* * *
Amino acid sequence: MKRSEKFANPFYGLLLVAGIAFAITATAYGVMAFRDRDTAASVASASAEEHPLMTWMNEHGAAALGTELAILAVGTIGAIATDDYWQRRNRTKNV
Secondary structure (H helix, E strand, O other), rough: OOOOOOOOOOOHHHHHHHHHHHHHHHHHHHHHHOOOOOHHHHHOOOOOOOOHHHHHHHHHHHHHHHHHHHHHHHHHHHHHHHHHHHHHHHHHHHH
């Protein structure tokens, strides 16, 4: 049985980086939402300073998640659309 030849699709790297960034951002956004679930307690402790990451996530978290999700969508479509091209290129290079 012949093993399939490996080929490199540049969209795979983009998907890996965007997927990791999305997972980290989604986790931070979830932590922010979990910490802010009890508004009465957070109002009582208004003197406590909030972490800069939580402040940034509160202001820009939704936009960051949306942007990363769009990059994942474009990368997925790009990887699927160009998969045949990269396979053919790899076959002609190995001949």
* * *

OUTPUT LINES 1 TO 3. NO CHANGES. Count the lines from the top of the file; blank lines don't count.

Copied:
Amino acid sequence: MKRSEKFANPFYGLLLVAGIAFAITATAYGVMAFRDRDTAASVASASAEEHPLMTWMNEHGAAALGTELAILAVGTIGAIATDDYWQRRNRTKNV
Secondary structure (H helix, E strand, O other), rough: OOOOOOOOOOOHHHHHHHHHHHHHHHHHHHHHHOOOOOHHHHHOOOOOOOOHHHHHHHHHHHHHHHHHHHHHHHHHHHHHHHHHHHHHHHHHHHH
């Protein structure tokens, strides 16, 4: 049985980086939402300073998640659309 030849699709790297960034951002956004679930307690402790990451996530978290999700969508479509091209290129290079 012949093993399939490996080929490199540049969209795979983009998907890996965007997927990791999305997972980290989604986790931070979830932590922010979990910490802010009890508004009465957070109002009582208004003197406590909030972490800069939580402040940034509160202001820009939704936009960051949306942007990363769009990059994942474009990368997925790009990887699927160009998969045949990269396979053919790899076959002609190995001949």